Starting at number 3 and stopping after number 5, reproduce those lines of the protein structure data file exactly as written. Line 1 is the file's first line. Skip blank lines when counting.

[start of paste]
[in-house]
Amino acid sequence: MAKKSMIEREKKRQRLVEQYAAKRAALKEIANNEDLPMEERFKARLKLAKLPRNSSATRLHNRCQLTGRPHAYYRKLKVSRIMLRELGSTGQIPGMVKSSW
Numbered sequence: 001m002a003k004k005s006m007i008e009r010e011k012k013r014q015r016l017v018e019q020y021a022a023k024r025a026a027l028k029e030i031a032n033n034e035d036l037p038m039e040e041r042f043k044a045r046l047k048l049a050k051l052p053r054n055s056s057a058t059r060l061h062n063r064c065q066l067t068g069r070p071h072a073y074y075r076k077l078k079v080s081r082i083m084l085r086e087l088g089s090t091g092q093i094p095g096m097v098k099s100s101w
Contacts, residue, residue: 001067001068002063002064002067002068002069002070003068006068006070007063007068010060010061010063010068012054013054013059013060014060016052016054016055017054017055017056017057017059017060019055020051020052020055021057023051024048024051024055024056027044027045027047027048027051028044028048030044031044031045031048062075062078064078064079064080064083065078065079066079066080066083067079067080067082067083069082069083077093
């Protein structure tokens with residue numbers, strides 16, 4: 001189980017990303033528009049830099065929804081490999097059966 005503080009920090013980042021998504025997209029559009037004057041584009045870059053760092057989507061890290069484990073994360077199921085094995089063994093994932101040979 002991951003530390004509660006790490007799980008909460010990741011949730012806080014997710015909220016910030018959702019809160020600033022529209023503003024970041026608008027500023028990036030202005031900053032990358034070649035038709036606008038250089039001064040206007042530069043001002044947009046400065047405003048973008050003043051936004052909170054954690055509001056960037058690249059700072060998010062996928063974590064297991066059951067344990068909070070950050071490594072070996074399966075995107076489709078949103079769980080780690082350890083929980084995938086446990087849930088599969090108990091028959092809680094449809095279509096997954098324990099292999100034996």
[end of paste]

Numbered sequence: 001m002a003k004k005s006m007i008e009r010e011k012k013r014q015r016l017v018e019q020y021a022a023k024r025a026a027l028k029e030i031a032n033n034e035d036l037p038m039e040e041r042f043k044a045r046l047k048l049a050k051l052p053r054n055s056s057a058t059r060l061h062n063r064c065q066l067t068g069r070p071h072a073y074y075r076k077l078k079v080s081r082i083m084l085r086e087l088g089s090t091g092q093i094p095g096m097v098k099s100s101w
Contacts, residue, residue: 001067001068002063002064002067002068002069002070003068006068006070007063007068010060010061010063010068012054013054013059013060014060016052016054016055017054017055017056017057017059017060019055020051020052020055021057023051024048024051024055024056027044027045027047027048027051028044028048030044031044031045031048062075062078064078064079064080064083065078065079066079066080066083067079067080067082067083069082069083077093
């Protein structure tokens with residue numbers, strides 16, 4: 001189980017990303033528009049830099065929804081490999097059966 005503080009920090013980042021998504025997209029559009037004057041584009045870059053760092057989507061890290069484990073994360077199921085094995089063994093994932101040979 002991951003530390004509660006790490007799980008909460010990741011949730012806080014997710015909220016910030018959702019809160020600033022529209023503003024970041026608008027500023028990036030202005031900053032990358034070649035038709036606008038250089039001064040206007042530069043001002044947009046400065047405003048973008050003043051936004052909170054954690055509001056960037058690249059700072060998010062996928063974590064297991066059951067344990068909070070950050071490594072070996074399966075995107076489709078949103079769980080780690082350890083929980084995938086446990087849930088599969090108990091028959092809680094449809095279509096997954098324990099292999100034996």